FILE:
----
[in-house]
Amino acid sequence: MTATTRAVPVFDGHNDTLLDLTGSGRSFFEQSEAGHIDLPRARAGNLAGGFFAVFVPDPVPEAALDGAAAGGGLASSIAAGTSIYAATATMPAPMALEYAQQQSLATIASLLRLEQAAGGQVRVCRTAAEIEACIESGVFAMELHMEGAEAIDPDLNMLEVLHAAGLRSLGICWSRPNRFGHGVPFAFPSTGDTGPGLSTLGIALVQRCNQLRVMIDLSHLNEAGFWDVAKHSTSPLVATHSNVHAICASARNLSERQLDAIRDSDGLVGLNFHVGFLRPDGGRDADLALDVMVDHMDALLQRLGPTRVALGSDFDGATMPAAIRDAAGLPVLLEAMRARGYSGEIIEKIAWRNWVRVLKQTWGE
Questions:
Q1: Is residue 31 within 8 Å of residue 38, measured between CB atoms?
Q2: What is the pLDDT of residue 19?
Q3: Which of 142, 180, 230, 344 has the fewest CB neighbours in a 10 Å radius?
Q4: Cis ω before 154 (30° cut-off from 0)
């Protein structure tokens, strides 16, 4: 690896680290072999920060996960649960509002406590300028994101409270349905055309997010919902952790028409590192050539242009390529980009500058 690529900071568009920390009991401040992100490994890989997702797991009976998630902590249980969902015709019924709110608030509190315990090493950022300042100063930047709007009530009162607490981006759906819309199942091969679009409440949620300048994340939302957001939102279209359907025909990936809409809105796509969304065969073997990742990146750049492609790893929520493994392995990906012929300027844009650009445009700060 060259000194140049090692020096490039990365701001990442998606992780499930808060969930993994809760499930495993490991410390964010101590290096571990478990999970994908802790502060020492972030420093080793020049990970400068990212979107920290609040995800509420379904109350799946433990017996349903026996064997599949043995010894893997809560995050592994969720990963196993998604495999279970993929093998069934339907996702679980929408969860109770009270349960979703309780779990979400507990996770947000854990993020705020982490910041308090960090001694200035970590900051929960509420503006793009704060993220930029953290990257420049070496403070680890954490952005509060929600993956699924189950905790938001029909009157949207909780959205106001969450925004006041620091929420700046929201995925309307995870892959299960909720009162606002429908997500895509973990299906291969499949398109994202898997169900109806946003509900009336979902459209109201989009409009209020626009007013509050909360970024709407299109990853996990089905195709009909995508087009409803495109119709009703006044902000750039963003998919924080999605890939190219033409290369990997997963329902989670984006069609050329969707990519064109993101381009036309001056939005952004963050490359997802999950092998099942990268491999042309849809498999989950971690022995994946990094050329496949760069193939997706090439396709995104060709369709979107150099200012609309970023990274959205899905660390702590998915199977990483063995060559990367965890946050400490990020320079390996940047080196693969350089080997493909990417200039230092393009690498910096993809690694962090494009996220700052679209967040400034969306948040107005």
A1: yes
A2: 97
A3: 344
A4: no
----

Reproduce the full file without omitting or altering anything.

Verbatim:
[in-house]
Amino acid sequence: MTATTRAVPVFDGHNDTLLDLTGSGRSFFEQSEAGHIDLPRARAGNLAGGFFAVFVPDPVPEAALDGAAAGGGLASSIAAGTSIYAATATMPAPMALEYAQQQSLATIASLLRLEQAAGGQVRVCRTAAEIEACIESGVFAMELHMEGAEAIDPDLNMLEVLHAAGLRSLGICWSRPNRFGHGVPFAFPSTGDTGPGLSTLGIALVQRCNQLRVMIDLSHLNEAGFWDVAKHSTSPLVATHSNVHAICASARNLSERQLDAIRDSDGLVGLNFHVGFLRPDGGRDADLALDVMVDHMDALLQRLGPTRVALGSDFDGATMPAAIRDAAGLPVLLEAMRARGYSGEIIEKIAWRNWVRVLKQTWGE
Questions:
Q1: Is residue 31 within 8 Å of residue 38, measured between CB atoms?
Q2: What is the pLDDT of residue 19?
Q3: Which of 142, 180, 230, 344 has the fewest CB neighbours in a 10 Å radius?
Q4: Cis ω before 154 (30° cut-off from 0)
């Protein structure tokens, strides 16, 4: 690896680290072999920060996960649960509002406590300028994101409270349905055309997010919902952790028409590192050539242009390529980009500058 690529900071568009920390009991401040992100490994890989997702797991009976998630902590249980969902015709019924709110608030509190315990090493950022300042100063930047709007009530009162607490981006759906819309199942091969679009409440949620300048994340939302957001939102279209359907025909990936809409809105796509969304065969073997990742990146750049492609790893929520493994392995990906012929300027844009650009445009700060 060259000194140049090692020096490039990365701001990442998606992780499930808060969930993994809760499930495993490991410390964010101590290096571990478990999970994908802790502060020492972030420093080793020049990970400068990212979107920290609040995800509420379904109350799946433990017996349903026996064997599949043995010894893997809560995050592994969720990963196993998604495999279970993929093998069934339907996702679980929408969860109770009270349960979703309780779990979400507990996770947000854990993020705020982490910041308090960090001694200035970590900051929960509420503006793009704060993220930029953290990257420049070496403070680890954490952005509060929600993956699924189950905790938001029909009157949207909780959205106001969450925004006041620091929420700046929201995925309307995870892959299960909720009162606002429908997500895509973990299906291969499949398109994202898997169900109806946003509900009336979902459209109201989009409009209020626009007013509050909360970024709407299109990853996990089905195709009909995508087009409803495109119709009703006044902000750039963003998919924080999605890939190219033409290369990997997963329902989670984006069609050329969707990519064109993101381009036309001056939005952004963050490359997802999950092998099942990268491999042309849809498999989950971690022995994946990094050329496949760069193939997706090439396709995104060709369709979107150099200012609309970023990274959205899905660390702590998915199977990483063995060559990367965890946050400490990020320079390996940047080196693969350089080997493909990417200039230092393009690498910096993809690694962090494009996220700052679209967040400034969306948040107005």
A1: yes
A2: 97
A3: 344
A4: no